Reviews provided by Syndetics
Publishers Weekly Review
There's no doubt about it--Fudge Hatcher is a sweet little guy, and fans of Blume's Tales of a Fourth Grade Nothing and Superfudge will cheer his return. Here the five-year-old extrovert continues to annoy his older brother, narrator Peter, whose gruff demeanor hides a very big heart. Blume's latest fast-pitched, funny novel further develops the relationship between these two endearing brothers as the Hatchers and their New York City neighbors, the Tubmans, share a house in Maine for a three-week vacation. Sheila Tubman, Peter's nemesis in Otherwise Known as Sheila the Great , returns in fine form, appearing for breakfast each morning in her fuzzy pink robe and bunny slippers--just one of Sheila's many habits driving Peter crazy and inspiring numerous diverting scenes. In fact, the colorful antics of all members of the two families--as well as a handful of the locals they meet--make reading these pages a treat. Ages 8-12. (Sept.) (c) Copyright PWxyz, LLC. All rights reserved
School Library Journal Review
Gr 2-5-- The Tubmans and the Hatchers return in this latest chronicle of the hilarious escapades of Fudge, Pete, and Tootsie Hatcher and Sheila ``Queen of Cooties'' Tubman. Their parents decide to spend their summer vacation in the woods of Maine right next door to each other--but ``next door'' turns out to be in the same house. Fast-paced mayhem becomes the order of the day as children, adults (including Grandma Hatcher and Grandpa Tubman), and assorted pets find themselves in daily (hourly?) predicaments. Not to be outdone in the madcap pace, Grandma and Grandpa announce their intention to be married. The story concludes with the solemn pact between Pete and Sheila that even though they'll be related, they will always hate each other. The story is filled with humor, and the upbeat mood is sustained at a hectic pace from first page to last. The uncomplicated plot is developed smoothly with just the right doses of surprise and laughter to keep readers turning the pages. Characters are credible, and never lose their identities. Be forewarned--fun between the covers of the bright red dust jacket means multiple copies for purchase. --Mary Lou Budd, Milford South Elementary School, OH (c) Copyright 2010. Library Journals LLC, a wholly owned subsidiary of Media Source, Inc. No redistribution permitted.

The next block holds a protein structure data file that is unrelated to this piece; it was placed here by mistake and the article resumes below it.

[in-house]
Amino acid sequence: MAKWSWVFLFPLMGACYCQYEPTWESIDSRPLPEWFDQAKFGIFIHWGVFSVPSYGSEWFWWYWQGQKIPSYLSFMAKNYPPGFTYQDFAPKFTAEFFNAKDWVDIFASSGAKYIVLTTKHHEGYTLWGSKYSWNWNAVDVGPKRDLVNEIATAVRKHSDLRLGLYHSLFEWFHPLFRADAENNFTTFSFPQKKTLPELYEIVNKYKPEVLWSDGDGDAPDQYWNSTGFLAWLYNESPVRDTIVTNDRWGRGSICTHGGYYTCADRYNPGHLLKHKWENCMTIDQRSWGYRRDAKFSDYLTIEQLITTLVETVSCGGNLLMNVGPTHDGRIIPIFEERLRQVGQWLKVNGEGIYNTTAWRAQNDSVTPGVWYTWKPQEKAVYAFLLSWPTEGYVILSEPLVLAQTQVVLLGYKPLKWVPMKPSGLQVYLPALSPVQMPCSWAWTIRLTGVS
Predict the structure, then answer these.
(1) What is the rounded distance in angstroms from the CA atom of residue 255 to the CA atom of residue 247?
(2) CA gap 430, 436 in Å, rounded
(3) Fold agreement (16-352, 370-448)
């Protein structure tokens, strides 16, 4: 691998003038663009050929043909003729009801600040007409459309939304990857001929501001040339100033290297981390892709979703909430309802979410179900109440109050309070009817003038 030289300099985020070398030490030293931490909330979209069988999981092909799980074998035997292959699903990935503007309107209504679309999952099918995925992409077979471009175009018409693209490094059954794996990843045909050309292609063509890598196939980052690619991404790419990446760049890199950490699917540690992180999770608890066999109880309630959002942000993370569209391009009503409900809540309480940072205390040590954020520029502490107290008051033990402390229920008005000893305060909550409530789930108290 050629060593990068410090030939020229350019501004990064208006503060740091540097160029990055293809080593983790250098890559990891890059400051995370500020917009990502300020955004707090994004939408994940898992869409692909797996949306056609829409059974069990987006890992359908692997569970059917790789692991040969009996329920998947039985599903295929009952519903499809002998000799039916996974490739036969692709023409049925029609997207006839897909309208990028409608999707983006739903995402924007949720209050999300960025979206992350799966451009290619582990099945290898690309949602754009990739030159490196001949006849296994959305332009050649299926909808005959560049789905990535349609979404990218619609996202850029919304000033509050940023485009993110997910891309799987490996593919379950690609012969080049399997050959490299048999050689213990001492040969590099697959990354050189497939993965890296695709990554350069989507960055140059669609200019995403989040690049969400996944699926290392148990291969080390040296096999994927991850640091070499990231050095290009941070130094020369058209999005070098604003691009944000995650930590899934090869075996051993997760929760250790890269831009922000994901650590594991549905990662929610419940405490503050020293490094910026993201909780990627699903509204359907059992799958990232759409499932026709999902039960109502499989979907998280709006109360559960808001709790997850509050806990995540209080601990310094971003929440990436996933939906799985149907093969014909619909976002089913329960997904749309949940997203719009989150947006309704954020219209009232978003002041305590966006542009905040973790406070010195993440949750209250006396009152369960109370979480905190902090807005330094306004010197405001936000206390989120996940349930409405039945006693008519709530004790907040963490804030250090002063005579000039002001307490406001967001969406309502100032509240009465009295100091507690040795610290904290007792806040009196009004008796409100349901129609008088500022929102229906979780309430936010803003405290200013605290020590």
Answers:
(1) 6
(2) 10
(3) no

Gr. 4-6. When Judy Blume first started writing, she had a unique voice. Her voice hasn't changed, but there have been so many Blume imitators--good and bad--that it is a little difficult to hear her above the others. Fudge-a-Mania is a perfectly respectable first-person novel, featuring those popular brothers Peter and Fudge, with a guest appearance by Sheila Tubman, otherwise known as Sheila the Great. Here, Peter and Sheila are forced to spend the summer together when their families share a vacation house, and readers will laugh at all the problems that pop up with the two enemies in such close quarters. As always with Blume, the dialogue is bright and snappy, the plotting episodic. It's not Blume's fault that she sounds like everyone else now, but it would be nice if she'd speak up a little so we could all remember what made her special. ~--Ilene Cooper
Horn Book Review
Peter's trials at the hands of his five-year-old brother, Fudge, pale by comparison to the news that their family is going to share a Maine vacation home with the family of his archenemy, otherwise known as Sheila Tubman. Fans of the previous books will enjoy this new set of chaotic adventures. From HORN BOOK 1990, (c) Copyright 2010. The Horn Book, Inc., a wholly owned subsidiary of Media Source, Inc. No redistribution permitted.
Kirkus Book Review
A well-loved author brings together, on a Maine vacation, characters from two of her books. Peter's parents have assured him that though Sheila (""The Great"") Tubman and her family will be nearby, they'll have their own house; but instead, they find a shared arrangement in which the two families become thoroughly intertwined--which suits everyone but the curmudgeonly Peter. Irrepressible little brother Fudge, now five, is planning to marry Sheila, who agrees to babysit with Peter's toddler sister; there's a romance between the grandparents in the two families; and the wholesome good fun, including a neighborhood baseball game featuring an aging celebrity player, seems more important than Sheila and Peter's halfhearted vendetta. The story's a bit tame (no controversies here), but often amusingly true to life and with enough comic episodes to satisfy fans. Copyright ©Kirkus Reviews, used with permission.